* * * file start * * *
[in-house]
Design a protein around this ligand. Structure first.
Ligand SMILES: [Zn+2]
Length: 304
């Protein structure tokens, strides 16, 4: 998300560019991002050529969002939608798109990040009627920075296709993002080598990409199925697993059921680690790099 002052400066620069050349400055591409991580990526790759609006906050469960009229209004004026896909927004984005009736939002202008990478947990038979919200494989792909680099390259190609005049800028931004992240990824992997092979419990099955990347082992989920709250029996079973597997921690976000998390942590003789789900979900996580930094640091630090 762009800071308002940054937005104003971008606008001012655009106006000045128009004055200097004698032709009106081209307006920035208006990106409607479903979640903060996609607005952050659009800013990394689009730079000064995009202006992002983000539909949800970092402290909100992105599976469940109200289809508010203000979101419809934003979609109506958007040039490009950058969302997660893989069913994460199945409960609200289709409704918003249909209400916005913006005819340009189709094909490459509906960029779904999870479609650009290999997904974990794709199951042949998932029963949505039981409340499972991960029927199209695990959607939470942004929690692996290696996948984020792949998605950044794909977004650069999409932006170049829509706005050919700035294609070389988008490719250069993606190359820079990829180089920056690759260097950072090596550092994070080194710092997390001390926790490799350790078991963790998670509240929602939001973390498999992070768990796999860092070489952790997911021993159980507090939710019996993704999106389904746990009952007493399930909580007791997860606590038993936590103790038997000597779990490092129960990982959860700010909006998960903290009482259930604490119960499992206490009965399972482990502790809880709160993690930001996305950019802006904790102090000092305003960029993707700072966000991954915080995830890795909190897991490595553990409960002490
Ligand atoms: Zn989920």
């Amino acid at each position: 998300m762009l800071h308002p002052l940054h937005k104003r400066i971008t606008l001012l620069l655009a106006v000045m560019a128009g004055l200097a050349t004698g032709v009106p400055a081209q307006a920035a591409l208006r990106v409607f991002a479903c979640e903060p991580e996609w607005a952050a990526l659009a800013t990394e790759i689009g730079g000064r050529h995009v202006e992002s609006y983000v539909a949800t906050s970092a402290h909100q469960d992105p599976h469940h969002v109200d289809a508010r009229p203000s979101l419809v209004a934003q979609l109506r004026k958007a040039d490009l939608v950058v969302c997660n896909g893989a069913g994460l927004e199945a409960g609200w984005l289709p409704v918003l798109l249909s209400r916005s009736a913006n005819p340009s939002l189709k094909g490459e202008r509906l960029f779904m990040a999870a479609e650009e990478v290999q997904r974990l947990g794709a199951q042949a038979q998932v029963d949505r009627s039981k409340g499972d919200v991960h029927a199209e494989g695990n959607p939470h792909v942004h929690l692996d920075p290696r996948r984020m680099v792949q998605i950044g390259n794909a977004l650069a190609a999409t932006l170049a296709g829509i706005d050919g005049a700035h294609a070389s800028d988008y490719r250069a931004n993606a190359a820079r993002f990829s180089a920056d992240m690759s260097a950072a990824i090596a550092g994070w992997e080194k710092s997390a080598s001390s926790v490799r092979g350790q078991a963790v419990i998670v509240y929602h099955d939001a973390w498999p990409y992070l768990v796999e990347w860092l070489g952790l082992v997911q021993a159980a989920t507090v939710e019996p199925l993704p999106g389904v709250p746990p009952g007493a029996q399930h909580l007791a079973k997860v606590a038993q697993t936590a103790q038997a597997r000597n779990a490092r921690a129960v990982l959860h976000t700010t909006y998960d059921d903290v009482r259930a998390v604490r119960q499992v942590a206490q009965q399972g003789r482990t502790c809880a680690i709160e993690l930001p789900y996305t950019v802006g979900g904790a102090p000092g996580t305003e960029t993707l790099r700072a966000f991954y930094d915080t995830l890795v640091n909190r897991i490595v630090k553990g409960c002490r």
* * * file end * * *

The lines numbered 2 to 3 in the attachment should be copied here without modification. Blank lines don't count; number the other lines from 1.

Design a protein around this ligand. Structure first.
Ligand SMILES: [Zn+2]